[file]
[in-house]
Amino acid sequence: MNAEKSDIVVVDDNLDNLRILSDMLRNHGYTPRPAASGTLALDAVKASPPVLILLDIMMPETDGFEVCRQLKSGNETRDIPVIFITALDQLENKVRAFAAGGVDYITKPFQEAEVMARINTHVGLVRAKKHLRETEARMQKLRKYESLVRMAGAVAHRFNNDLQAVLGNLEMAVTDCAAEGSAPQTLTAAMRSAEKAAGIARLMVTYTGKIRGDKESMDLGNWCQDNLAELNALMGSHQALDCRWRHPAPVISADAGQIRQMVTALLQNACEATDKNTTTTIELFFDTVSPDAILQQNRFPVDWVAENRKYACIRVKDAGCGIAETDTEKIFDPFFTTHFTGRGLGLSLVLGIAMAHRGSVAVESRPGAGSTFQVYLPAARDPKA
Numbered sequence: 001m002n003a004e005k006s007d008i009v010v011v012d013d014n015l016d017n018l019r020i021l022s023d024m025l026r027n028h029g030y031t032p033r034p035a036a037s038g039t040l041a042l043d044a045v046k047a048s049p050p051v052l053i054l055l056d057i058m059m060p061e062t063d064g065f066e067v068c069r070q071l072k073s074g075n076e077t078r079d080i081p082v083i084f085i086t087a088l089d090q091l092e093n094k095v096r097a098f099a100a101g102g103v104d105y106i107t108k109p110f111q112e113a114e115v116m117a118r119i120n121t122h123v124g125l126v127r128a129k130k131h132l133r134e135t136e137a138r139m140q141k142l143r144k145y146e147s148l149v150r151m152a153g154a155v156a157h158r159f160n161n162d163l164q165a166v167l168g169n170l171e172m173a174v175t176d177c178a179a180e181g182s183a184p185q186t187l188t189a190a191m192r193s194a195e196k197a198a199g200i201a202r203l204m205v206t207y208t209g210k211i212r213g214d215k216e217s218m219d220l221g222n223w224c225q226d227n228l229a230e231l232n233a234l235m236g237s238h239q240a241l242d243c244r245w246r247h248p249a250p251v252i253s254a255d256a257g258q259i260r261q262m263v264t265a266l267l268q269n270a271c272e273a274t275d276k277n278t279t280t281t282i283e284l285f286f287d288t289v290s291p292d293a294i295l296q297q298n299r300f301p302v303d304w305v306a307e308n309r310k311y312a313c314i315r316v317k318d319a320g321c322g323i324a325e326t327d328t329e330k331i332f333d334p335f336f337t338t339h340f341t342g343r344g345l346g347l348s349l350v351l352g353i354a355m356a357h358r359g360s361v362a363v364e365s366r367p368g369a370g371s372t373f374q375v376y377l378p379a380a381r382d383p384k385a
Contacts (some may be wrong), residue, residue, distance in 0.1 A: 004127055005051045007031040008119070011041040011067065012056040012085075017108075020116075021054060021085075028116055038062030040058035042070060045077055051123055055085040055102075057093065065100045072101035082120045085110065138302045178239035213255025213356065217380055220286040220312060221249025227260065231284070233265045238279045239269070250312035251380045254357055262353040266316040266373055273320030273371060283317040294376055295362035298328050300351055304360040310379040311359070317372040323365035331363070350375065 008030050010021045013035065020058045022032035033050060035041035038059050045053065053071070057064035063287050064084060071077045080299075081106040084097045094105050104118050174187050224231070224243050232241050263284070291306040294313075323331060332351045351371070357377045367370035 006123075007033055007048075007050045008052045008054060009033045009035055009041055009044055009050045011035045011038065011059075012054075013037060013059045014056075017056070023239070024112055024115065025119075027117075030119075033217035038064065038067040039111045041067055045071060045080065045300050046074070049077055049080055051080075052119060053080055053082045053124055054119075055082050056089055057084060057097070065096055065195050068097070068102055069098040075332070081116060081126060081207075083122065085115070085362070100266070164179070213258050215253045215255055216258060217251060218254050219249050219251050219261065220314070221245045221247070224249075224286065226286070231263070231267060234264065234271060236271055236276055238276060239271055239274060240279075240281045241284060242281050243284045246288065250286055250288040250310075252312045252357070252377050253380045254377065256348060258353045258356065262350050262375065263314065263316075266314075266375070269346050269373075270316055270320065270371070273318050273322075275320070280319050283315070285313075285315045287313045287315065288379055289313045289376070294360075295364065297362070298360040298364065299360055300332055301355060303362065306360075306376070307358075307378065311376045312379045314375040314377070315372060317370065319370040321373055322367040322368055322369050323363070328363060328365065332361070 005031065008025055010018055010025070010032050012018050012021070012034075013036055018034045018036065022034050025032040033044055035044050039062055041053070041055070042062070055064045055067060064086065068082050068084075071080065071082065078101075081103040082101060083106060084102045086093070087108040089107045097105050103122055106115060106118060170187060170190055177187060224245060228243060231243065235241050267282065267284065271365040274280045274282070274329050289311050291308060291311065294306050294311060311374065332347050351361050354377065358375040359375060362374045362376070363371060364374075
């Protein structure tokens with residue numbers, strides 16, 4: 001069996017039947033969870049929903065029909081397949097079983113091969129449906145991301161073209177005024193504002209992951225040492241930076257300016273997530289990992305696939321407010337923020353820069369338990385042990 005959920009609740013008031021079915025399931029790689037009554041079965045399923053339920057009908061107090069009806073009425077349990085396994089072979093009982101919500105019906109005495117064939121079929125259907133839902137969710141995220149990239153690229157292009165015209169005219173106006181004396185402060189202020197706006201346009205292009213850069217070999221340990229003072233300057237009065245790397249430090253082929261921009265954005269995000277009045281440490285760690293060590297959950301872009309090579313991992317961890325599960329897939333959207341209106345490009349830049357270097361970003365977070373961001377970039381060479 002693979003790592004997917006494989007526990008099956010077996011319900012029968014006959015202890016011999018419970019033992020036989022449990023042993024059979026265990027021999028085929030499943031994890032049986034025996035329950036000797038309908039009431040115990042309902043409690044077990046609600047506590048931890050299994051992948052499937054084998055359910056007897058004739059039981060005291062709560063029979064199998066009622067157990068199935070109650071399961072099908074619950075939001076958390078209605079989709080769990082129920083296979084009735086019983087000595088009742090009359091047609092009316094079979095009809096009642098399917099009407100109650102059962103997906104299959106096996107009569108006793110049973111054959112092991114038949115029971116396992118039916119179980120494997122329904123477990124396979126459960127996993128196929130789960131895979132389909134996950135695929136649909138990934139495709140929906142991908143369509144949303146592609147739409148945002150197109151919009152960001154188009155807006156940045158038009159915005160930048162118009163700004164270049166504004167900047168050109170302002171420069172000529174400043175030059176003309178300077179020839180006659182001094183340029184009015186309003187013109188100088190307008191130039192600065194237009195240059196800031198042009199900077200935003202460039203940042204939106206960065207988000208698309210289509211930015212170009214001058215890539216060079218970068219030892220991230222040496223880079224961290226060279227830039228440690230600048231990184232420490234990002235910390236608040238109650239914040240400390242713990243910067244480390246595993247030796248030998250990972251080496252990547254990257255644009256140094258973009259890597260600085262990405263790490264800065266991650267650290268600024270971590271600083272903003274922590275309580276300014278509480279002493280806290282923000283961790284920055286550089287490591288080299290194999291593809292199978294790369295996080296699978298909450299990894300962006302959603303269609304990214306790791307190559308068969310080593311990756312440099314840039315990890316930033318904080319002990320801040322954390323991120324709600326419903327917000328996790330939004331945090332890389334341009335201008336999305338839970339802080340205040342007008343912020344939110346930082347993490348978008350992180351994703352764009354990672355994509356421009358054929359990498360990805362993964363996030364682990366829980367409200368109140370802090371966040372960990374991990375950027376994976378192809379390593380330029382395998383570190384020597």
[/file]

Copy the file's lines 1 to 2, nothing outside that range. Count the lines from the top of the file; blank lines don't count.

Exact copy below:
[in-house]
Amino acid sequence: MNAEKSDIVVVDDNLDNLRILSDMLRNHGYTPRPAASGTLALDAVKASPPVLILLDIMMPETDGFEVCRQLKSGNETRDIPVIFITALDQLENKVRAFAAGGVDYITKPFQEAEVMARINTHVGLVRAKKHLRETEARMQKLRKYESLVRMAGAVAHRFNNDLQAVLGNLEMAVTDCAAEGSAPQTLTAAMRSAEKAAGIARLMVTYTGKIRGDKESMDLGNWCQDNLAELNALMGSHQALDCRWRHPAPVISADAGQIRQMVTALLQNACEATDKNTTTTIELFFDTVSPDAILQQNRFPVDWVAENRKYACIRVKDAGCGIAETDTEKIFDPFFTTHFTGRGLGLSLVLGIAMAHRGSVAVESRPGAGSTFQVYLPAARDPKA